Metro Detroit, EastpointeJune 15, 2012
Retired professor leads Underground Railroad tours
By Sara Kandel
C & G Staff Writer
Stewart McMillin sits surrounded by papers, books and maps in a small booth at a Big Boy near his house in Detroit.
Maps with highlighted routes are scattered on the table across from him as well. Pieces of paper with odd phrases like “Dry Goods = Female Slave” sit on top of it. He talks about slavery and black culture.
Nearby diners can’t help but notice him. Some stare. Others just casually glance his way then look back to their plates as if they are trying hard to hear what he is saying over the clang of dishes and sounds of conversation elsewhere in the restaurant.
McMillin is a 72-year-old white man.
He speaks casually about black culture and slavery, and doesn’t seem to notice the glances that it arouses. The inquisitive looks soon fade. McMillin knows what he is talking about and genuinely cares.
Two middle-aged black men overhear what he’s talking about. He can tell they’re paying attention. When they get up to pay, he approaches them at the cash register. A handshake turns into a 15-minute conversation.
The three walk back to his maps.
“Right there,” says one of the men while pointing to the southern tip of Ohio. “That’s where my family’s from. … They were all slaves.”
McMillin analyzes the area on the map the man pointed to — it’s one of the few areas without orange routes highlighted.
“That’s interesting,” McMillin tells the man. “I’m going down right around there the first weekend in August for one of my Underground Railroad tours. All of these routes are established Underground Railroad paths. Your family probably came up on one of them. You should come.”
The man tells McMillin he’s already going down for a family reunion in July, but maybe another time. He says he’ll remember the website information and look it up, then leaves.
McMillin, a retired East Detroit High School teacher and Wayne State professor, is a tour guide. Underground Railroad tours are his specialty, but he also does various tours pertaining to Detroit history and culture.
He’s eager about the upcoming tour to Ohio. It’s a five-day affair, departing the morning of Aug. 1 from Eastpointe and returning the evening of Aug. 5. Tour-goers will be taken to historical Underground Railroad sites around Ohio in Dayton, Wilberforce, Springboro, Cincinnati, New Richmond, Ripley, Point Pleasant, Georgetown, Red Oak, Sardinia, Wellington and Oberlin, and around Kentucky in Covington, Maysville, Washington, Dover and Augusta.
The cost is $645 for single travelers and $495 a person for double travelers, and that includes a travel bus with a restroom, hotels, entrance into various historical sites, handouts, and dinner and a river cruise on the last night.
McMillin says he needs to sell at least 30 tickets to break even.
“Sold seven so far,” he says. “I’m hoping to sell more before the end of the month, so I can confirm the reservations. We take an air-conditioned bus now. They’re more expensive. It cost about $700 to rent it for the day.”
Not all of McMillin’s tours are overnight trips. One of his most popular tours is of old breweries and microbreweries in Detroit. He has one planed for July 21. The $35 cost includes the bus, beer artifacts, stops at the many locations of breweries that used to run in the city — Stroh’s, Goebel, E & B, Schmidt, Oldbru, Pfeiffer, Altes, Trivoli, Zynda’s, Kling and more — as well as the chance to enjoy the tastes of some current microbreweries with stops at the Atwater Block Brewery, the Detroit Beer Co., Motor City Brewing Works and Traffic Jam.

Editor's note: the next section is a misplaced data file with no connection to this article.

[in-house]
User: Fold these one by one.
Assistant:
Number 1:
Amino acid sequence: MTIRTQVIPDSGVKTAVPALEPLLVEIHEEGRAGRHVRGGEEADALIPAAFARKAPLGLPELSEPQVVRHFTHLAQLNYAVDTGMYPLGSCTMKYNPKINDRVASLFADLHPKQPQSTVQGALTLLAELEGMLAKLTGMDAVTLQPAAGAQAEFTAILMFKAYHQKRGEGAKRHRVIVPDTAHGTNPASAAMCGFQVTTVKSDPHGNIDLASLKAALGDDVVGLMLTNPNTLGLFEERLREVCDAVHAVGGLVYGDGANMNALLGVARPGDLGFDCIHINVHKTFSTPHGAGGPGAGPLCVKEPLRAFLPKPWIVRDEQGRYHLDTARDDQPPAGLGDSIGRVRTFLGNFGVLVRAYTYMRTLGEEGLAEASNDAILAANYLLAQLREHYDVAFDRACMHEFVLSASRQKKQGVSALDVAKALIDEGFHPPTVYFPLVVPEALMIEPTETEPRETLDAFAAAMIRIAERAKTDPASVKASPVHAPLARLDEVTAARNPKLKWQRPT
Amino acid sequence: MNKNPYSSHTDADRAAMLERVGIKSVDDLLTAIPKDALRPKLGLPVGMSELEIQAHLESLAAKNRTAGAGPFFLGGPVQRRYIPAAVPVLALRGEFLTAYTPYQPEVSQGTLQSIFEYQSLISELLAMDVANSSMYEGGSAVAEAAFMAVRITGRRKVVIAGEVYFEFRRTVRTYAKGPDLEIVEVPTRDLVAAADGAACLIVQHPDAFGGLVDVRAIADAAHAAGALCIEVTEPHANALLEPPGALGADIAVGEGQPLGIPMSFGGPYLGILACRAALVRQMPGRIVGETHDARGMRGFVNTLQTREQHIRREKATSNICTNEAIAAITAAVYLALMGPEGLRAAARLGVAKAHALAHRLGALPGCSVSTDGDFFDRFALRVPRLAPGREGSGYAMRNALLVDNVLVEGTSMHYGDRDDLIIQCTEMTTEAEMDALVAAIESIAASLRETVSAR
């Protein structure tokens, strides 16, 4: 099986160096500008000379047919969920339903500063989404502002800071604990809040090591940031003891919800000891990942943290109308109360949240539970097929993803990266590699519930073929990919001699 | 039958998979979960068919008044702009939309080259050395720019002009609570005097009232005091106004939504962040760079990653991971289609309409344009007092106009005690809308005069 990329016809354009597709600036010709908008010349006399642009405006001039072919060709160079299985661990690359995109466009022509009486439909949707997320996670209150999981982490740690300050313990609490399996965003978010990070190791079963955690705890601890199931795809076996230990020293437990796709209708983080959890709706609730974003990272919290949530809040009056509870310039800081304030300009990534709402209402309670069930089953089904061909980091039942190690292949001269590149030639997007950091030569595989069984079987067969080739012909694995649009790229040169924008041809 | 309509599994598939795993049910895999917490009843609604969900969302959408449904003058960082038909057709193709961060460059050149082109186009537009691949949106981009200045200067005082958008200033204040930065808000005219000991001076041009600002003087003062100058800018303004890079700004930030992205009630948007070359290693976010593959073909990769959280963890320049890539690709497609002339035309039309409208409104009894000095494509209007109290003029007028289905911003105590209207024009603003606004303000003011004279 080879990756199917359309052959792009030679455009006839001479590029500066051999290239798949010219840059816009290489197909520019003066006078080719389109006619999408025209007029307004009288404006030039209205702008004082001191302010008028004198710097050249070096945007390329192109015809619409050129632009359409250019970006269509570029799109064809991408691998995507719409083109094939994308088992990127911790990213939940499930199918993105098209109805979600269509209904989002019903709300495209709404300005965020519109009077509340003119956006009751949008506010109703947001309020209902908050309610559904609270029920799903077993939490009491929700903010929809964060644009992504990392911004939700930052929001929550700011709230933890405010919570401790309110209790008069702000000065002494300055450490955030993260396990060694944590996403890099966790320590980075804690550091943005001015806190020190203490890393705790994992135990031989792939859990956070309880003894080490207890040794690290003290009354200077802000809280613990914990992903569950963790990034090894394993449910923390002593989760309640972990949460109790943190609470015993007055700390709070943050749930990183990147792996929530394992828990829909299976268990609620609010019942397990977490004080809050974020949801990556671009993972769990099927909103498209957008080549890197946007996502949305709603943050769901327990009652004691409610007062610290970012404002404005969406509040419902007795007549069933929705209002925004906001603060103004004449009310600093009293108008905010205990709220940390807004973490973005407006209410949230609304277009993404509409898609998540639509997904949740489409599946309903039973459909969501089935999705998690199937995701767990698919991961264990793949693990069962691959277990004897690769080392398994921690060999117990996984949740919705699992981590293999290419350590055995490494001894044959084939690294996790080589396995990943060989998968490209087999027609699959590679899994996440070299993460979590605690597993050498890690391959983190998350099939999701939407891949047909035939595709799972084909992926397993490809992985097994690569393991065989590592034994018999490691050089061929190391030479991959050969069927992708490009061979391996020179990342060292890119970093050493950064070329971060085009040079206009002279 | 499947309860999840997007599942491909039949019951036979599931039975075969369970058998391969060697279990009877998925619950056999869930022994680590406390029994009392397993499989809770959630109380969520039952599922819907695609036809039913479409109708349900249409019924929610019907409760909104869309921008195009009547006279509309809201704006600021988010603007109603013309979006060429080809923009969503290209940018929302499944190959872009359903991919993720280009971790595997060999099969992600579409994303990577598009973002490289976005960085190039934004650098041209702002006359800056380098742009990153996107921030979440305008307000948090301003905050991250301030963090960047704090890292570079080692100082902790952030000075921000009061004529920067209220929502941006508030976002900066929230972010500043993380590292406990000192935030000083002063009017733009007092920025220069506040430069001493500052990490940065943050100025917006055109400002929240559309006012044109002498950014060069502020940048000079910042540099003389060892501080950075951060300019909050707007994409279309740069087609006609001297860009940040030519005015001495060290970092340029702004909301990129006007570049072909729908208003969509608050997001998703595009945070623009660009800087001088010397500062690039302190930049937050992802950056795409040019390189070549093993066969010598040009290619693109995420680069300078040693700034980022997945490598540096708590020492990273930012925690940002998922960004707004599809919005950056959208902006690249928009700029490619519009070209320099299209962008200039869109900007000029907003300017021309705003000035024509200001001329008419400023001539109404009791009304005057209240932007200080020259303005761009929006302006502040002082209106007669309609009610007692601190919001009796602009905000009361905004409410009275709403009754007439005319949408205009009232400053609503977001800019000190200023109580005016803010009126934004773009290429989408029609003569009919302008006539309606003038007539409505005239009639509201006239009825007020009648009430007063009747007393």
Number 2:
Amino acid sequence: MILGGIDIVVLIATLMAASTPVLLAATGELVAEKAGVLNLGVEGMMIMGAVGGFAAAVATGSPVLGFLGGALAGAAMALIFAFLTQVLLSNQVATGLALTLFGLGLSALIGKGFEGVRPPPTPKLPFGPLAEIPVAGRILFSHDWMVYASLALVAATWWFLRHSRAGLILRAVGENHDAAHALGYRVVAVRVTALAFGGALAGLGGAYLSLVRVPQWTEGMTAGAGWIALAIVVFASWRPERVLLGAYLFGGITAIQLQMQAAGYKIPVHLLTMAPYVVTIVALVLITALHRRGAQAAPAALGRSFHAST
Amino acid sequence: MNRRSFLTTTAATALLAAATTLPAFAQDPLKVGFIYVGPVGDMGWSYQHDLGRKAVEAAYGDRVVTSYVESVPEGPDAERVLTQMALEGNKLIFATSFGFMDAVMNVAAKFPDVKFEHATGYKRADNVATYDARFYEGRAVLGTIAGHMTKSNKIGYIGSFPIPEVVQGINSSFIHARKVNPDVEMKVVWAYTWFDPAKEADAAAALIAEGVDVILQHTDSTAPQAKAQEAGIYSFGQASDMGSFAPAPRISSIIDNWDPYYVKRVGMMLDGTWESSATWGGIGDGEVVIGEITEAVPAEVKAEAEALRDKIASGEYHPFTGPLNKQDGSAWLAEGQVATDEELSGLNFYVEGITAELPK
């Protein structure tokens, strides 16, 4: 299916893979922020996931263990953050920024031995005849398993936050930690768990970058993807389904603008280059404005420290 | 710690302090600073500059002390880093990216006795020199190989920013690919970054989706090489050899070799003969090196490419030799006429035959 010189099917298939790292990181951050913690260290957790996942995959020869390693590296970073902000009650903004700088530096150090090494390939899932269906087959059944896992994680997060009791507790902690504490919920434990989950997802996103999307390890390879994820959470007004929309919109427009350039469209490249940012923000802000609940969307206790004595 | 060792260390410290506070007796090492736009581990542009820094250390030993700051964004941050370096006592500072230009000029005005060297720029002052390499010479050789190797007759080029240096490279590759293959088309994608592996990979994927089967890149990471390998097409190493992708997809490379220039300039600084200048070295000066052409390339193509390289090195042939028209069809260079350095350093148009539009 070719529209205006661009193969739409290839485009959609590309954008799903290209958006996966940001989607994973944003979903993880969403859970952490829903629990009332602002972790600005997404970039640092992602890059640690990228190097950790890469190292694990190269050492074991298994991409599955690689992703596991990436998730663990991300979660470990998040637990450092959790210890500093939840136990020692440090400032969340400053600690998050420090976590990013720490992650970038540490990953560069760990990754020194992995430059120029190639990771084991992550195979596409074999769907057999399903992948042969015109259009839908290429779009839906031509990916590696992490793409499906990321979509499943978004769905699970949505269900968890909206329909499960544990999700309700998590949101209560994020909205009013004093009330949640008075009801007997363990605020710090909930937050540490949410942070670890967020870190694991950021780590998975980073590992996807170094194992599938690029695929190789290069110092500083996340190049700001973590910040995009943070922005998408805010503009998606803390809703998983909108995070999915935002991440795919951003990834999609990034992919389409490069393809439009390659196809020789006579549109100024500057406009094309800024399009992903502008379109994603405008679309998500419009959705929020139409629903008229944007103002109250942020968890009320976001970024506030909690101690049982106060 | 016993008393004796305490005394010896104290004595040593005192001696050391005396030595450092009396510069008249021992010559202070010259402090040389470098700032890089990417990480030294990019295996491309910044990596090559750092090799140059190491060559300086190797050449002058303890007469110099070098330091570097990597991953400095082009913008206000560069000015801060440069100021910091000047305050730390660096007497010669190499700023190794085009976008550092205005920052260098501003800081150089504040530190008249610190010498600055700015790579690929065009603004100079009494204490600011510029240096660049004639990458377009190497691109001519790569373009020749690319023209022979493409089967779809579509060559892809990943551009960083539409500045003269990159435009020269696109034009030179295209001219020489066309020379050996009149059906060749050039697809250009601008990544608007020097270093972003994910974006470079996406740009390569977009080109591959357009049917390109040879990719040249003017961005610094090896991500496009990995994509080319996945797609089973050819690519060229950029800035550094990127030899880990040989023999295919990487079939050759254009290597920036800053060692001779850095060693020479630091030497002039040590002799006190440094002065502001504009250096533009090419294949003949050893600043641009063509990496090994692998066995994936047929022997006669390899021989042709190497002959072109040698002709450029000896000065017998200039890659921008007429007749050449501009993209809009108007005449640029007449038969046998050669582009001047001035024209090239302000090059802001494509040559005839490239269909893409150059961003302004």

McMillin recently added a new tour to his queue — a Detroit celebrity home tour. It was a sellout success when he debuted it on May 24, so he’s bringing it back for a second round on Nov. 17. The $30 tour will pass by the former homes of Marvin Gaye, Gladys Knight, Jack White, Berry Gordy, Charles Lindbergh, Rosa Parks, Aretha Franklin, Jimmy Hoffa, Diana Ross, Malcolm X, Ted Nugent and dozens of other celebrities.
His favorite tours are the Underground Railroad and black history tours, though. It’s a subject he’s been passionate about for decades.
“I think I was the first teacher in the county to start teaching African-American history in public schools. I started teaching it the year after the civil rights movement passed, in ’65. It’s an important part of our history, and I wanted my students to know about it. The more I looked into it and traveled and researched it, the more fascinating things I discovered. That’s why I started doing tours.”
Local tours in 2012
• July 21, Detroit brewery history and microbrewery tour, $35.
• Sept. 29, Albert Kahn tour, $60 includes lunch at Sinbad’s.
• Oct. 6, Underground Railroad tour to Canada, $60 includes admission to two museums.
• Oct. 30, Woodlawn and Woodmere cemeteries, $60 includes lunch at Dakota Inn Rathskellar.
• Nov. 17, Detroit celebrity home tour, $30.
• Nov. 28, German culture and history tour, $62 includes lunch at Jacoby’s.
• Dec. 8, Italian history and culture tour of Detroit and Windsor, $80 includes lunch at Mario’s, admission to the DIA and dinner in Little Italy in Windsor.
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